Vic Keegan’s Lost London 246: The mission hall of Lambeth Walk

Vic Keegan’s Lost London 246: The mission hall of Lambeth Walk

Some parts of London have been lost forever because new buildings have replaced old ones. Others are lost in plain sight because not enough people know about them – such as the former Pelham Mission Hall on Lambeth Walk.

Built in 1910 to a design by architects Waring and Nicholson, it was a church with an open air pulpit – still there at the front of the building – named after Francis G Pelham, rector of Lambeth from 1884 to 1894. It was constructed on the site of the earlier Star Mission Hall, which was originally what has been described as a “beerhouse” about which little is known. The foundation stone of the Pelham hall was laid by the Archbishop of Canterbury of the time.

It is almost the last physical trace of a bygone era of poverty-tinged Cockney pride. In those days, Lambeth Walk had over 100 market stalls run by costermongers who sold surplus food and other things at discount prices. The song that glorified the street, The Lambeth Walk, was once a global hit.

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But like the pawn shops that used to temporarily ease the hardship of local residents, there is no longer a call for the hall’s original purpose. It has moved on from saving souls and today is the home of Morley College’s Henry Moore Sculpture Studio, which describes the building as “well equipped to provide a creative space for our sculpture courses including metalwork, clay life modeling (kiln fired), wood and stone carving, bronze casting and mould-making”.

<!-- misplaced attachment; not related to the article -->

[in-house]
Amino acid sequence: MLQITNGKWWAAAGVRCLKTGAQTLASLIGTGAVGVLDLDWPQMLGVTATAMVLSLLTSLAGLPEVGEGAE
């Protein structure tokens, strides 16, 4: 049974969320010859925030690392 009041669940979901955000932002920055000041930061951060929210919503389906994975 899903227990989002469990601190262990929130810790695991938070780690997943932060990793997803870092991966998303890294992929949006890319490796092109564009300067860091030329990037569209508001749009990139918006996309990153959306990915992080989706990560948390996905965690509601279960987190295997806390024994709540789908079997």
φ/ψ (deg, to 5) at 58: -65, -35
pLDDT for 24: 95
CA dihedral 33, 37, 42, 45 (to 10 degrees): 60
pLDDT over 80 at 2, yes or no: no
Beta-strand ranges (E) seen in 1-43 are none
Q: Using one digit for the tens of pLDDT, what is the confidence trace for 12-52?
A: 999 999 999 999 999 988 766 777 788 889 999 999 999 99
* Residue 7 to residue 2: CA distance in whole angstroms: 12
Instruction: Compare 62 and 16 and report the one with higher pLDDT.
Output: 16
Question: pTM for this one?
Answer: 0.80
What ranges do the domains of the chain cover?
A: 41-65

There is a palpable buzz of creativity as you enter this extraordinary building. The outside looks slightly faded but its attractions have increased as others on the street have, aside from the base of the King’s College London Maths School, become commodified. The pulpit now houses an outlet for the fumes from the kiln (the interior pipework can just be seen in the right hand photo above).

I recently posted the photo of the hall at the top of this article on Twitter. I was astonished that it attracted well over 150,000 views, which is rather more than I usually get. Many who commented on it were in awe of the beauty of the building, which I often pass during my walks around London, even if they thought it was in need of a wash and brush up. Thanks to social media it is getting more of the attention it deserves.

All previous instalments of Vic Keegan’s Lost London can be found here and a book containing many of them can be bought here. Follow Vic on Twitter and also as @LondonStreetWalker.

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Categories: Culture, Lost London

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